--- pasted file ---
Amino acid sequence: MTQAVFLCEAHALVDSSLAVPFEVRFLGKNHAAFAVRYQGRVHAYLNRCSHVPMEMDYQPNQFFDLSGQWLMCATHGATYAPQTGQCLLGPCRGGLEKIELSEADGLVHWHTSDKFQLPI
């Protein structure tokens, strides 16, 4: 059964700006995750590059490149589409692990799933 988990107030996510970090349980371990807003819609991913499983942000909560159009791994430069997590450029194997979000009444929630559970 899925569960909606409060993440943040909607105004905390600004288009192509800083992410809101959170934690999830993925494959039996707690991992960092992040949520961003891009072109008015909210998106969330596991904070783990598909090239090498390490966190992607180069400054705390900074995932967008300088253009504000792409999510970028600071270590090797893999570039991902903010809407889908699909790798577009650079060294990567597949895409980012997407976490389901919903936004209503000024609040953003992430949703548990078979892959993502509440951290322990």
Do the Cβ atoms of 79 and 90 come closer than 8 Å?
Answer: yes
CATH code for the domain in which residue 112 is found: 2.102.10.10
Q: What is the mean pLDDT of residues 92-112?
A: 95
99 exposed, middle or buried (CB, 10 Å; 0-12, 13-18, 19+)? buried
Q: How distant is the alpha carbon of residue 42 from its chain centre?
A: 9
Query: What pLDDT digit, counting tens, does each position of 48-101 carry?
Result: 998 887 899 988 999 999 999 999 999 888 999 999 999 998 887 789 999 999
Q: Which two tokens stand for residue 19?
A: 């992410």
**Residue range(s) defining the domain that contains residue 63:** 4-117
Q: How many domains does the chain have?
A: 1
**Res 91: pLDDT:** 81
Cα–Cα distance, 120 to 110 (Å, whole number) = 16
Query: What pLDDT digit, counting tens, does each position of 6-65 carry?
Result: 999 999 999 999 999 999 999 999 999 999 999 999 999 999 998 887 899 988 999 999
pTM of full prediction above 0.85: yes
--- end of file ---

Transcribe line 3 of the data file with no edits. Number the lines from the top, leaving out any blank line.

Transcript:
Do the Cβ atoms of 79 and 90 come closer than 8 Å?